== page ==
Piling on: George Barlow makes his head coaching debut for crippled, battered, embarrassed New Mexico. The Lobos, 2-26 under Mike Locksley, try to salvage some pride in a rivalry game against New Mexico State. Barlow was New Mexico's defensive coordinator before Locksley was fired on Sunday. That defense is 116th nationally having allowed 24 touchdowns, the most in the country ... Look who is the No. 1 running back in the country. After a slow start against LSU, Oregon's LaMichael James has 613 yards. James is coming off a school-record 288 yards against Arizona. The Ducks play Cal on Thursday ... We'll see how that K-State defense defends its manhood after defending the goal line last week against Miami. Baylor's Robert Griffin threw for 404 yards and four touchdowns last season against K-State in a 47-42 win ... Half of the Big 12 (actually five of 10 teams) are ranked No. 17 or higher in the coaches' poll ... Joe Paterno coaches his 700th game this week as a part of the Penn State staff (at Indiana) ... If South Carolina's Stephen Garcia doesn't get it going this week against Auburn he never will. Steve Spurrier's much-cussed quarterback is ranked second-worst among the 100 quarterbacks rated by the NCAA. Auburn's secondary has allowed opponents to complete almost 68 percent of passes ... LSU is No. 1 for the first time since November 2007.
Posted on: September 27, 2011 5:33 pm
Edited on: September 27, 2011 6:31 pm
 

National notes: What now Missouri?

What now Missouri?

While the school remains conflicted about its place in the Big 12, SEC commissioner Mike Slive pretty much decided Missouri's short-term ambitions when he announced that his league likely will play with 13 teams until at least 2013.

"There are not any other institutions currently under consideration by SEC presidents and chancellors except Texas A&M," Slive repeated again on Tuesday.

As for "informal offers" to Missouri reported by two outlets, it probably comes down to semantics. Define informal. Were these bids made by SEC fans wearing jorts or the commissioner himself? Probably somewhere in between, but certainly not to the level of official consideration by the SEC.

Have there been back-channel communications between the SEC and Missouri? Almost certainly. But legally the SEC can't even hint at an interest in a 14th team. Look what happened to Texas A&M on Sept. 6. It wasn't until the Pac-12 turned down Oklahoma and Texas last week that A&M president R. Bowen Loftin felt comfortable enough to move to the SEC. In other words, when Baylor knew the Big 12 was going to survive there was no need to threaten legal action.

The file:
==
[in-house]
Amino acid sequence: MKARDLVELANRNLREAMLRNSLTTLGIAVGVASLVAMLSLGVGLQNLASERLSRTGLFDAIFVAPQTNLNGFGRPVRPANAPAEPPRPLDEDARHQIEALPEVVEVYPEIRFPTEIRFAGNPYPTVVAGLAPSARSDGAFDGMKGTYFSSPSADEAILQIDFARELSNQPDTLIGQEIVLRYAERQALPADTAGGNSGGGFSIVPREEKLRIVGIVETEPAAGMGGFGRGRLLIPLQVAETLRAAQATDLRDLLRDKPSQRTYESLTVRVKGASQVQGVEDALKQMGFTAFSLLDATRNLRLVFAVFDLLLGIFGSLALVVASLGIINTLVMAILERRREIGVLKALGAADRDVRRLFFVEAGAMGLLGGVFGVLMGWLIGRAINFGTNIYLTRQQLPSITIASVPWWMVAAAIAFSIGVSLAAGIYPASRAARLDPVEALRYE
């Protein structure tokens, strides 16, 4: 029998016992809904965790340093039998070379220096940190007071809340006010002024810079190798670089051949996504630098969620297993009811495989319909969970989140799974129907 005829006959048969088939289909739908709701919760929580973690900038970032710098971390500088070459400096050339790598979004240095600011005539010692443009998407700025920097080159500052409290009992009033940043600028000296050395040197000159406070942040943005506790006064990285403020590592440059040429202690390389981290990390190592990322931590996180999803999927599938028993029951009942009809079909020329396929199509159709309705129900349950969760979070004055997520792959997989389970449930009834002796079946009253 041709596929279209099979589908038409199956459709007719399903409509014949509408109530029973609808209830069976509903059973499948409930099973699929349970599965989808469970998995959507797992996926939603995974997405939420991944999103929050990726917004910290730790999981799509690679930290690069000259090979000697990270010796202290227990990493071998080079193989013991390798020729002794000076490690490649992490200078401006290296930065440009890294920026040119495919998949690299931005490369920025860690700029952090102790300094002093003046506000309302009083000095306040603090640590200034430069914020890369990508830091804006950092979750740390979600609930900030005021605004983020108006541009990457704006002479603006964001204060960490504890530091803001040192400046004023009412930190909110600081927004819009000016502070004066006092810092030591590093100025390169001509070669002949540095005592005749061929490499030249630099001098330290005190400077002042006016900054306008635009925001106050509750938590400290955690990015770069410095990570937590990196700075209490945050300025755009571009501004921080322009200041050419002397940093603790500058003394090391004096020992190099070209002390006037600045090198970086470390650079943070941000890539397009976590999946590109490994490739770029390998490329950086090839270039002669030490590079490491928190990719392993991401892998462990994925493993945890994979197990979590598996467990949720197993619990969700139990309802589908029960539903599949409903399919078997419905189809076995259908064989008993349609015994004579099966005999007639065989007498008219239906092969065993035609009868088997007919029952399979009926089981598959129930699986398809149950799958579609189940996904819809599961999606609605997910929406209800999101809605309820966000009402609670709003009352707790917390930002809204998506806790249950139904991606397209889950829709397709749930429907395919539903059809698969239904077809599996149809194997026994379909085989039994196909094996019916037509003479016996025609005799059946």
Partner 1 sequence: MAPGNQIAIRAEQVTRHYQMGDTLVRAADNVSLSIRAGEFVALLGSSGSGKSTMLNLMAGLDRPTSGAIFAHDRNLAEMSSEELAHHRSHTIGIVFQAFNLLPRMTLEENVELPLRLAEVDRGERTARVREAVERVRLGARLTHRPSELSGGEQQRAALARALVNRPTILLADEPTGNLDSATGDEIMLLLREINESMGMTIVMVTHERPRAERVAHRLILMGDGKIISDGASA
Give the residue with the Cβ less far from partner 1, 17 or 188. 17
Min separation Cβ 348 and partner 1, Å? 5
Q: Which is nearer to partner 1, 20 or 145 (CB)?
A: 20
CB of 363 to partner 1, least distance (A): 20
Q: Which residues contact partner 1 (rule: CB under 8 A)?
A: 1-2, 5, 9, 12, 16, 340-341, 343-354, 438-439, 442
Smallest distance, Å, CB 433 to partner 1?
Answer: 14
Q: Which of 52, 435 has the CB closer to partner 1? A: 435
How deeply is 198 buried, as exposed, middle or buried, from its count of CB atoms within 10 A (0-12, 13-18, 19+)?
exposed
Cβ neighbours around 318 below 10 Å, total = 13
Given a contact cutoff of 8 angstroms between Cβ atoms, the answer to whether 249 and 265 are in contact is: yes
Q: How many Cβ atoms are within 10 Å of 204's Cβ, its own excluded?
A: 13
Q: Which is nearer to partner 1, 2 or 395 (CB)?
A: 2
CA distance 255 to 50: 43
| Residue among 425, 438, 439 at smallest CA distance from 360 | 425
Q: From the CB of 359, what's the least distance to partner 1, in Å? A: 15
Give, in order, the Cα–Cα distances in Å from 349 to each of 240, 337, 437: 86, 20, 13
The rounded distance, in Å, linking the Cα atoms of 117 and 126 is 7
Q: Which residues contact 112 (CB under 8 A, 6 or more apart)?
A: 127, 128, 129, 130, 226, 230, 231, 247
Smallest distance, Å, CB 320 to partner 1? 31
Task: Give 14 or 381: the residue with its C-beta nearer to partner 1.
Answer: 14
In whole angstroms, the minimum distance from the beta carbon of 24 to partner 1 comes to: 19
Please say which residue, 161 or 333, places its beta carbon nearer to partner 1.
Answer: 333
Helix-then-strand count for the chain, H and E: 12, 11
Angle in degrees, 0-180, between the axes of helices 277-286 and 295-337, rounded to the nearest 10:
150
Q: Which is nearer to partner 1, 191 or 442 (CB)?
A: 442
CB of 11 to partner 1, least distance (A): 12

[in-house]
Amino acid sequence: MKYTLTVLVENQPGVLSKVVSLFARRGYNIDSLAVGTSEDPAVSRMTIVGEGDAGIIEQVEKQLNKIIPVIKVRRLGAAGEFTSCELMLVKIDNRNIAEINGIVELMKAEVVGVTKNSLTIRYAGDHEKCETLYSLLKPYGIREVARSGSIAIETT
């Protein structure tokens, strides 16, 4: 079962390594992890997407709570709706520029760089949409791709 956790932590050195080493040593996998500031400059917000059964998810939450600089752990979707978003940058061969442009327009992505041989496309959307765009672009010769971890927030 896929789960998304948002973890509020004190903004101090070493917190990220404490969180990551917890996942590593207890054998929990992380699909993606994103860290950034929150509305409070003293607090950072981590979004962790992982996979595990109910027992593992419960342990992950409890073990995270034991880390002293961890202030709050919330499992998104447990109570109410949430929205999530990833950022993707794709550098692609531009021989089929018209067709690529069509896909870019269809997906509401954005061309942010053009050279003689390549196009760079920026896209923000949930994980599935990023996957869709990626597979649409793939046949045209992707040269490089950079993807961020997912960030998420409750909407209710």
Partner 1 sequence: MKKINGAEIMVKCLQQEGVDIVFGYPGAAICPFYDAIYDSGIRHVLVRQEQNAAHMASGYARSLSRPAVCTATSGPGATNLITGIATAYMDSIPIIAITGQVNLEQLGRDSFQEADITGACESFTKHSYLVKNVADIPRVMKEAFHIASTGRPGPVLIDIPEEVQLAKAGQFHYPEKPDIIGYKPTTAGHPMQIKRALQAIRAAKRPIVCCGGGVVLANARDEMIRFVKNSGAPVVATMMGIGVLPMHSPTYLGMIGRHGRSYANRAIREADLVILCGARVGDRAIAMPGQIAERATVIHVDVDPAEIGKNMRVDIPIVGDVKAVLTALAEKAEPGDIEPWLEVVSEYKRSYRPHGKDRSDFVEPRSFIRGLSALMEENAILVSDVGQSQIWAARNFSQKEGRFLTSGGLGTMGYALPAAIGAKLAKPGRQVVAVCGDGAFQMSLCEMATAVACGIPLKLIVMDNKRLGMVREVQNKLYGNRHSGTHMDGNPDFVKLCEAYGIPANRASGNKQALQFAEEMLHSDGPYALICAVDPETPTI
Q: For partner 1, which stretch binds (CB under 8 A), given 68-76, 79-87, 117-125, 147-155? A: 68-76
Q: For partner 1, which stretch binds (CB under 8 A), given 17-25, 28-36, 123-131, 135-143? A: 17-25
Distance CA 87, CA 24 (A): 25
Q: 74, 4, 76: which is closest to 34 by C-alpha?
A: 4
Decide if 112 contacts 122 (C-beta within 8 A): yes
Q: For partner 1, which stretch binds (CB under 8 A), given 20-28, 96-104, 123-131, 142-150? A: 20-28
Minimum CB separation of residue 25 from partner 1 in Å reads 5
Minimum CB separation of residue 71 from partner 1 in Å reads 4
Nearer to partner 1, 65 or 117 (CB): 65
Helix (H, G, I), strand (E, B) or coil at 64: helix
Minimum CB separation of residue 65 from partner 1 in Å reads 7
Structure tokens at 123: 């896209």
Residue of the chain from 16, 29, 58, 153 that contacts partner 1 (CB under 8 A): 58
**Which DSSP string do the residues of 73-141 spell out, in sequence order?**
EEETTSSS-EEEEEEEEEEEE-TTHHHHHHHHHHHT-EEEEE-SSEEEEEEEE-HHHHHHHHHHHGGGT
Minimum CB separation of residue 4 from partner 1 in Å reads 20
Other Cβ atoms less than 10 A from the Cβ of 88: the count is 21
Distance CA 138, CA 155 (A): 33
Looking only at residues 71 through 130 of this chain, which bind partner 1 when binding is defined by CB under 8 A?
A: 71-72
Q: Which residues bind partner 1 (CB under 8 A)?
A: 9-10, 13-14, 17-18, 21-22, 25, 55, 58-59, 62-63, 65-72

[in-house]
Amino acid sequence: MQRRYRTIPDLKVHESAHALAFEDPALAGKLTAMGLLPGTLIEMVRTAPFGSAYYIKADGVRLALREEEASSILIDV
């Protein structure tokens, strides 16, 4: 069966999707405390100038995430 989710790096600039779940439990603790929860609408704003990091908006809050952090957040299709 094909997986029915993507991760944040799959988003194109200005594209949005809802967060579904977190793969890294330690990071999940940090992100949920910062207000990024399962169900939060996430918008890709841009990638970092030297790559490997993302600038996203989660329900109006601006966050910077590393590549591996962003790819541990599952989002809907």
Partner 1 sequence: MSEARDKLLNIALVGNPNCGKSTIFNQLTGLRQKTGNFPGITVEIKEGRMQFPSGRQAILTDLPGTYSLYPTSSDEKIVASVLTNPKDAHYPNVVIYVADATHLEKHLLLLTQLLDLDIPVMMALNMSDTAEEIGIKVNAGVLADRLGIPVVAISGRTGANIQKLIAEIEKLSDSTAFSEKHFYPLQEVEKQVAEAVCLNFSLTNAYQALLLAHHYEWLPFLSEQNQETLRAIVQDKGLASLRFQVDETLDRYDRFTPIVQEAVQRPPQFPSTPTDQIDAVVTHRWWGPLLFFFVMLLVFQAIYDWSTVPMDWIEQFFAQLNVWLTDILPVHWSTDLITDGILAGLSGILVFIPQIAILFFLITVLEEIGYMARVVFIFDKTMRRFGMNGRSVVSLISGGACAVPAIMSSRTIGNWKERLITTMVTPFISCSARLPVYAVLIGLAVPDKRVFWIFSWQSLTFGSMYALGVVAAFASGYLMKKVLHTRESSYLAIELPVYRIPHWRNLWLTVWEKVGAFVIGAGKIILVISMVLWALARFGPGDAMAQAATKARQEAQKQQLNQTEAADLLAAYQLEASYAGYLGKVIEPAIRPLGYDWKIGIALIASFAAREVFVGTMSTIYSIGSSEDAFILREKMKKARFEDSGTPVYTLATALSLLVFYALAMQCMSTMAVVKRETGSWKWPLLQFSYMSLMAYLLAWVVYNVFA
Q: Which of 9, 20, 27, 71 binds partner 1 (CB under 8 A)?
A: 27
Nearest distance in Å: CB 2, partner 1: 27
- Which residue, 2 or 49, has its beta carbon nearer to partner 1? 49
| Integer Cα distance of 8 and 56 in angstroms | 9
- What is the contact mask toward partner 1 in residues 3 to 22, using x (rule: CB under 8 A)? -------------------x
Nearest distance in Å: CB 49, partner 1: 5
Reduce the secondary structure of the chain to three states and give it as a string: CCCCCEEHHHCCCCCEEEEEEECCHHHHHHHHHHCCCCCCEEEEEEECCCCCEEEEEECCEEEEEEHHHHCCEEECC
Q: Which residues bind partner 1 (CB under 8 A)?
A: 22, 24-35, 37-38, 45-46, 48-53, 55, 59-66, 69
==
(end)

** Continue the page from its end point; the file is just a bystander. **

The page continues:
"[At that point], there's really no basis for litigation," Loftin said.

The Show-Me State is in a state of limbo. For the second consecutive year, it has hiked its skirt and flirted a new conference. For the second consecutive year, it could be embarrassed. While that situation could change in 15 minutes, Missouri is in much the same situation it was in June 2010 -- hoping for, but conflicted about taking a lifeline out of the Big 12.

Read between the lines. What's the rush for the SEC? It can play with 13 teams for a couple of years. Who knows if some better school shakes loose? The Big 12 is a daily soap opera. Who knows who is going to be upset tomorrow?



Slive did admit that he has spoken to Loftin about making A&M's first SEC game possibly a stand-alone affair on a special day or at a special time. Think of perhaps Labor Day night Texas A&M vs, maybe, Alabama in a celebration of Bear Bryant? Just speculating.

 


It's been discussed before
but Slive also said there would be discussions about rescinding the two-team limit per conference for BCS bowls. Now that the SEC is the first major conference to grow to 13, it may think it deserves more BCS access.

"There are several issues important enough to have serious discussion," Slive of the BCS going forward. "That would be one of them."




Will Lyles could be the most significant figure of the 2011 season.

The notorious mentor/talent scout/rat now holds the fate of several teams. Lyles told Yahoo! Sports that former Tennessee assistant Willie Mack Garza sent paid for the airfare of Lache Seastrunk for unofficial visit

Several things wrong with that: A school can't pay for unofficial visits. That's why they're unofficial. Garza resigned at USC within a couple of days of Lyles speaking to the NCAA on Aug. 30 in Los Angeles. Oh, and Tennessee just got hit with NCAA penalties, among them "failure to monitor."